The Congressional and Senate Chicken Caucuses on Friday sent letters to USDA requesting a 180-day extension to the implementation period for the department’s latest Packers and Stockyards Act rule, entitled, “Transparency in Poultry Grower Contracting and Tournaments.”
The rule, which was published in final version in the Federal Register on November 28, 2023, includes a 75-day compliance period. Thus, the implied compliance date for broiler processing companies and growers is February 12, 2024.
“The rule establishes numerous additional disclosure requirements, changes what provisions must be included in contracts, introduces various open-ended and novel definitions and terms, requires companies establish entire oversight systems from scratch, and injects significant ambiguity regarding compliance,” the House letter said.
“The provisions in the rule requiring certain terms be included in contracts are so novel that it appears the industry could have to amend nearly every contract – tens of thousands in total – in just two months over three major federal holidays. By providing just 75 days to implement the rule, AMS has dramatically underestimated the number of people involved, hourly rates, and time required of compliance officers, regulatory consultants, attorneys, executives, and other services required to implement the rule. AMS also overlooks the massive disruption that will be caused if companies and growers must amend nearly every existing grower contract, especially if the same exercise must be done a second time in the event AMS issues additional Packers and Stockyards rules.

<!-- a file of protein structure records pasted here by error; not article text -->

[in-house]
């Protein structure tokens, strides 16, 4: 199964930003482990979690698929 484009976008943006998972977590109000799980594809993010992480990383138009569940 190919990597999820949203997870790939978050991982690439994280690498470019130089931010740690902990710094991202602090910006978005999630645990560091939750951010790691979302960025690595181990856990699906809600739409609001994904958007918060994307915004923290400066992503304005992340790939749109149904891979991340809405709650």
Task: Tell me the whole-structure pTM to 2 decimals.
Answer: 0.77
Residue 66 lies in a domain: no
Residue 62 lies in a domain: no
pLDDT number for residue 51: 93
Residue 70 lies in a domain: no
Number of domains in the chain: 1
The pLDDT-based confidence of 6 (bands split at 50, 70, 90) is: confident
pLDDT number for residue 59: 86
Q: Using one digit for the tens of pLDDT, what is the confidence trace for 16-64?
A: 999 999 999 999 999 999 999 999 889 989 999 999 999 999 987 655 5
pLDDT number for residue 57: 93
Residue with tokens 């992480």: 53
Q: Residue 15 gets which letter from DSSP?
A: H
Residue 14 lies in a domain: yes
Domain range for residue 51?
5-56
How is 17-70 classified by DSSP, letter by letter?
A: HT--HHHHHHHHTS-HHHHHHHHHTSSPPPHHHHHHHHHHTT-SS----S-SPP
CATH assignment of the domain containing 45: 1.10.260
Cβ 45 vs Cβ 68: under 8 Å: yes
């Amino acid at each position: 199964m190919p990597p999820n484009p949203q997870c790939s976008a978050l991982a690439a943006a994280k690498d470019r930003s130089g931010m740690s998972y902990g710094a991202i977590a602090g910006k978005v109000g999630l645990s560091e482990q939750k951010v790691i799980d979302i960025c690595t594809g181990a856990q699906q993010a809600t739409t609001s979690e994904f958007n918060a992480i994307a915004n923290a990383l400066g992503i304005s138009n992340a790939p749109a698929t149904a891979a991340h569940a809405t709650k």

“As such, we respectfully request that AMS extend the implementation date of the rule no less than 180 days after its official publication in the Federal Register. Doing so would allow stakeholders and constituents time to thoroughly understand and comply with the rule’s many requirements,” the letter concluded.
The House letter, led by Congressional Chicken Caucus co-chairs Reps. Steve Womack (R, AR-3) and Jim Costa (D, CA-21), totaled 45 signatures, and can be found here. The Senate letter, led by co-chairs Sens. Chris Coons (D-DE) and Roger Wicker (R-MS), totaled 19 signatures, and can be found here.